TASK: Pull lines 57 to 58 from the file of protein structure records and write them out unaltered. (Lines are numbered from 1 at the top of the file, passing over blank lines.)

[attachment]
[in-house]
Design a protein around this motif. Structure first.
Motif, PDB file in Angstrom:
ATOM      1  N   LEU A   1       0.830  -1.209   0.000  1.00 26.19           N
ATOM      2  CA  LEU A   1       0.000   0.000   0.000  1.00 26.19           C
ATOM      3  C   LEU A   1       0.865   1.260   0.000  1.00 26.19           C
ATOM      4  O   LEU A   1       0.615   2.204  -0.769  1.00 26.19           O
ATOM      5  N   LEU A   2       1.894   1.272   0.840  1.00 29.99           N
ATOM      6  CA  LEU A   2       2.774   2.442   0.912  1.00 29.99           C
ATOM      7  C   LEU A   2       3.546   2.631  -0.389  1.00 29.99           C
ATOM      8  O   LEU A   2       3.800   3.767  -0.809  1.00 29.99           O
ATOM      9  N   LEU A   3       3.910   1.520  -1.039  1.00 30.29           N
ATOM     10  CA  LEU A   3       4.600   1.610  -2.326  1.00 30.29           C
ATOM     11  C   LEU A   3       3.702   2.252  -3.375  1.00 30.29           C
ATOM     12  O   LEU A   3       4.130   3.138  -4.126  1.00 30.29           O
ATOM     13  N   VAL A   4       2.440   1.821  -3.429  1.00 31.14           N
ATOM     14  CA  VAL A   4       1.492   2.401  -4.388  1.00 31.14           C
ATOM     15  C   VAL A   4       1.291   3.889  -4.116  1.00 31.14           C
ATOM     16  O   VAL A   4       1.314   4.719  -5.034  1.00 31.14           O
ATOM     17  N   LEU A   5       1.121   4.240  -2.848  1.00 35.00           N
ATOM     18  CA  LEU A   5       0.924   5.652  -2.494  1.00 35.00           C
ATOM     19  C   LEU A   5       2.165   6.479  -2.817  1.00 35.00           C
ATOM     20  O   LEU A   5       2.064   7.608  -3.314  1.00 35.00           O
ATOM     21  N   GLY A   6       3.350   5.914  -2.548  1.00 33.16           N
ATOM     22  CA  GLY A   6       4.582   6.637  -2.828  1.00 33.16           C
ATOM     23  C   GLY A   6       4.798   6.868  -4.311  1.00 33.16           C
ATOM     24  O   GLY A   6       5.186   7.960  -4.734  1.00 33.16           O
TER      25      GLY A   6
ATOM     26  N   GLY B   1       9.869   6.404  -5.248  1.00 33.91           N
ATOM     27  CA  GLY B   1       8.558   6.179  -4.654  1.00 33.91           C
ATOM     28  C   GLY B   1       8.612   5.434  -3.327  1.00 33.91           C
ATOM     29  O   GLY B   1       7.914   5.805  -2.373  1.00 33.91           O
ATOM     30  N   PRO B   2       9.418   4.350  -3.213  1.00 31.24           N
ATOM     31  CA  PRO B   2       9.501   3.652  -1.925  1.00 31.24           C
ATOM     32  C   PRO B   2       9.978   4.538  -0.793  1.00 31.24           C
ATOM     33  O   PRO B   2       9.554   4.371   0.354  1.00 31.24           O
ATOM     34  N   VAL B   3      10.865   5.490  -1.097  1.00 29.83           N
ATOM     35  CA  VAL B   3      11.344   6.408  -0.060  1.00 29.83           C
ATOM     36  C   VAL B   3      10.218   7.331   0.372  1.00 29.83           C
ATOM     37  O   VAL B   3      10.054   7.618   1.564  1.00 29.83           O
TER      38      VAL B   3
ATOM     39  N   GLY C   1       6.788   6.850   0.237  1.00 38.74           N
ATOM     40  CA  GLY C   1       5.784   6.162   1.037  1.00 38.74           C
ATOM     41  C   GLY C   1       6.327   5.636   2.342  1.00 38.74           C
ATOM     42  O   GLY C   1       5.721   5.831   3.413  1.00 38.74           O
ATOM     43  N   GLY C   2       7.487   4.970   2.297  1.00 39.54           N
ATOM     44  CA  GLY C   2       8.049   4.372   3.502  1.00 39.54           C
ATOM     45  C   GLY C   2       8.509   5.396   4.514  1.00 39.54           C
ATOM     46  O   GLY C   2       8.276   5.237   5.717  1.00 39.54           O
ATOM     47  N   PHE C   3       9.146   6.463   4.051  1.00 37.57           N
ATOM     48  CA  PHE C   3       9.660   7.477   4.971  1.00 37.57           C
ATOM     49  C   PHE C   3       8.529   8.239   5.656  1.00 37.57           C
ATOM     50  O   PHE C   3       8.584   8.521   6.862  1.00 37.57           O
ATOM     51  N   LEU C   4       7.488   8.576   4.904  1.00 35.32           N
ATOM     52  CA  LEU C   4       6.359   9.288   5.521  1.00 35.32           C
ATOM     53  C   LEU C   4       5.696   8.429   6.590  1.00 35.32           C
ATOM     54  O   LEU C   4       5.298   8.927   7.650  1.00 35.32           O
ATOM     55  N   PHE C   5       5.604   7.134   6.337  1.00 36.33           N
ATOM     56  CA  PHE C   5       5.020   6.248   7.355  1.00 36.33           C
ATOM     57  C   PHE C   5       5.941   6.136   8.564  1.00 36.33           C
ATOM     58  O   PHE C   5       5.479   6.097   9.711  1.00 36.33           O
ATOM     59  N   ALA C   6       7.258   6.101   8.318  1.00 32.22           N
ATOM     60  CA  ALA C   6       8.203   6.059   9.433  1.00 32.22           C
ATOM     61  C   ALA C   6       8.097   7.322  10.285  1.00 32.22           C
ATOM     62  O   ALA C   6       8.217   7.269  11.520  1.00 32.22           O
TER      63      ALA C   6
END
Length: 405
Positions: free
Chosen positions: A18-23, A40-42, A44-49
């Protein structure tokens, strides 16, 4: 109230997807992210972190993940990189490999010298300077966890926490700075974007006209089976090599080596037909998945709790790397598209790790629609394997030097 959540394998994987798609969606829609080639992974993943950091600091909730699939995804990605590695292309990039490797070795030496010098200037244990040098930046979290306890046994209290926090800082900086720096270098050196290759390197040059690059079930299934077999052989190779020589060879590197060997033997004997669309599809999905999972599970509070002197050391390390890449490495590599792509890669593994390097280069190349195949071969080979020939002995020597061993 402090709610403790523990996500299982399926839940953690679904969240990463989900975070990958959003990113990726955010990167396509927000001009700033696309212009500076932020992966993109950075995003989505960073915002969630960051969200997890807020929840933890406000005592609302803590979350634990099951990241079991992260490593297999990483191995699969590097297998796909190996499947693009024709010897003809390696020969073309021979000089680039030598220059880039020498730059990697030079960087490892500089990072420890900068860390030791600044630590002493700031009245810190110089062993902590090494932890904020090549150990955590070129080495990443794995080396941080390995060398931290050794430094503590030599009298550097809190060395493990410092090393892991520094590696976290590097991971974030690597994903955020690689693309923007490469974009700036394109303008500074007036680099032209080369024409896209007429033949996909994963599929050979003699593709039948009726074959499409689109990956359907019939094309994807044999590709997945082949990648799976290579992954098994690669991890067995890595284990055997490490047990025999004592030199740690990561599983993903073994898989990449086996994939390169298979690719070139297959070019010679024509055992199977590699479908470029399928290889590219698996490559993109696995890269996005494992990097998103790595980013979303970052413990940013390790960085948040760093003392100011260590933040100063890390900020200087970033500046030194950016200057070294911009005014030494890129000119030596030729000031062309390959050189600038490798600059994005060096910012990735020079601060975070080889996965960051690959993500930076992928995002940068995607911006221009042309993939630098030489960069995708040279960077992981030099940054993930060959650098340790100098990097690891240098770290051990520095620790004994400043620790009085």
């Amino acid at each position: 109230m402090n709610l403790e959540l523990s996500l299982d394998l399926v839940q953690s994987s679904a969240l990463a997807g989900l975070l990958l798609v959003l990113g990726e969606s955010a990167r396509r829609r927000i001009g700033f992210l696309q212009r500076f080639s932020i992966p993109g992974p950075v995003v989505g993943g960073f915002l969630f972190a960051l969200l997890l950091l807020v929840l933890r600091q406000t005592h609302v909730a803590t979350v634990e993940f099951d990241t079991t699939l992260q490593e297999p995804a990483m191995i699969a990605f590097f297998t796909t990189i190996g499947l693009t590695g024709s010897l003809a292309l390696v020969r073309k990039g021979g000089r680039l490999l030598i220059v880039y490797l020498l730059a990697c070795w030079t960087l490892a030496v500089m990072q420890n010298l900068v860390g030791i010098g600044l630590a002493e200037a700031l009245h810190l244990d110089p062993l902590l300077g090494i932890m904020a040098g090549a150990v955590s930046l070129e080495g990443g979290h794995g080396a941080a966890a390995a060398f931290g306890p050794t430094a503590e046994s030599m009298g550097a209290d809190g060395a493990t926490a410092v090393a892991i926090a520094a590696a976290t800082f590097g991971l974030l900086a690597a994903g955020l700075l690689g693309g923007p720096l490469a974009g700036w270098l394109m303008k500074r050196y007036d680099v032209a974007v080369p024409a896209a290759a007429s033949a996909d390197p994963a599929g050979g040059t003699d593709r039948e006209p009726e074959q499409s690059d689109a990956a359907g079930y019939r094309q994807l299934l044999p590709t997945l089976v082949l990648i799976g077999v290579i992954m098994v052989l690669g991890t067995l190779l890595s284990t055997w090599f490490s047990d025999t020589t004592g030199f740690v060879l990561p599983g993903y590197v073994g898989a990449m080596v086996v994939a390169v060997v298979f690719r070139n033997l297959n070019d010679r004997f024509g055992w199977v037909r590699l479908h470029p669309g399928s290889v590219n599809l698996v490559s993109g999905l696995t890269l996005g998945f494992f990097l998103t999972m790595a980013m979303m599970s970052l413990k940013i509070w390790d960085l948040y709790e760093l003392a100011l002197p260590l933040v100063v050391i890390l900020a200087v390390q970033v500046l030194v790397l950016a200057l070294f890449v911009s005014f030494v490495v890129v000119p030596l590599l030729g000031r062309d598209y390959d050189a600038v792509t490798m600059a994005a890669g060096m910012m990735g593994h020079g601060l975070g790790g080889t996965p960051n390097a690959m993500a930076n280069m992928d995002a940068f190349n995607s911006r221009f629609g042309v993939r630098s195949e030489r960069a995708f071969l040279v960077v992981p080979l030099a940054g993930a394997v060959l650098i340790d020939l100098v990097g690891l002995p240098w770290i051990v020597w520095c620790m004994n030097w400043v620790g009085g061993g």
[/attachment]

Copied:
ATOM     54  O   LEU C   4       5.298   8.927   7.650  1.00 35.32           O
ATOM     55  N   PHE C   5       5.604   7.134   6.337  1.00 36.33           N